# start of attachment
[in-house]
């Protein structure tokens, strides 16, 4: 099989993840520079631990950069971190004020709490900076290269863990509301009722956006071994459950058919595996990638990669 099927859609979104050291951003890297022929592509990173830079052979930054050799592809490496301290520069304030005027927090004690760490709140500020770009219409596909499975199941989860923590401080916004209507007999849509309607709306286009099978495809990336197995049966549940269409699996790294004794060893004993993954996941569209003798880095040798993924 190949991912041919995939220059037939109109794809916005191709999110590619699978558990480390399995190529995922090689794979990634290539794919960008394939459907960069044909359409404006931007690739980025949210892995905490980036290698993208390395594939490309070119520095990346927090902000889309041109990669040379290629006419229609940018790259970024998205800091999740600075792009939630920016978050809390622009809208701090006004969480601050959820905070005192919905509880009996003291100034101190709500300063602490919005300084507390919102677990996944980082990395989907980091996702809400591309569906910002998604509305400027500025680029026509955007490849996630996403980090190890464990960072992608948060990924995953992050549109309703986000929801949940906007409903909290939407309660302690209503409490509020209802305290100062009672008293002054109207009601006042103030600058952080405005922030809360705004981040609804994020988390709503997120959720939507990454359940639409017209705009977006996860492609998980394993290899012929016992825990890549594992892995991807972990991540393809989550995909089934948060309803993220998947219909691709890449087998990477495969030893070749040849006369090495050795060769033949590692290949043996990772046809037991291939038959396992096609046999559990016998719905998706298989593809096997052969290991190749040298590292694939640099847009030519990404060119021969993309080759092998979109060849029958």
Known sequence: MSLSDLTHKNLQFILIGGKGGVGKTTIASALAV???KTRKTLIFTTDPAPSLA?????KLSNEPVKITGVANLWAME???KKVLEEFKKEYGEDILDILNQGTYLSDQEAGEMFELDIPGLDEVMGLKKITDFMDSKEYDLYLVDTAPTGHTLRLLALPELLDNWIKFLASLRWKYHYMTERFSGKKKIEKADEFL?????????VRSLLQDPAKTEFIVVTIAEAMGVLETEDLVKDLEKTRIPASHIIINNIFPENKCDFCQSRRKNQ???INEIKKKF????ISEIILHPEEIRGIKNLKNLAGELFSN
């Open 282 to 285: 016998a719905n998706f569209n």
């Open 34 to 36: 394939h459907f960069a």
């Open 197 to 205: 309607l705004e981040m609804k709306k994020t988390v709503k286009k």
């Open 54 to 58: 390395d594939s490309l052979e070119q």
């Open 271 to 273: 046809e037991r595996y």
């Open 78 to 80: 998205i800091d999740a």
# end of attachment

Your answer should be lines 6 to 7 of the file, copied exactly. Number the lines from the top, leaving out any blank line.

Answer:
């Open 197 to 205: 309607l705004e981040m609804k709306k994020t988390v709503k286009k």
């Open 54 to 58: 390395d594939s490309l052979e070119q």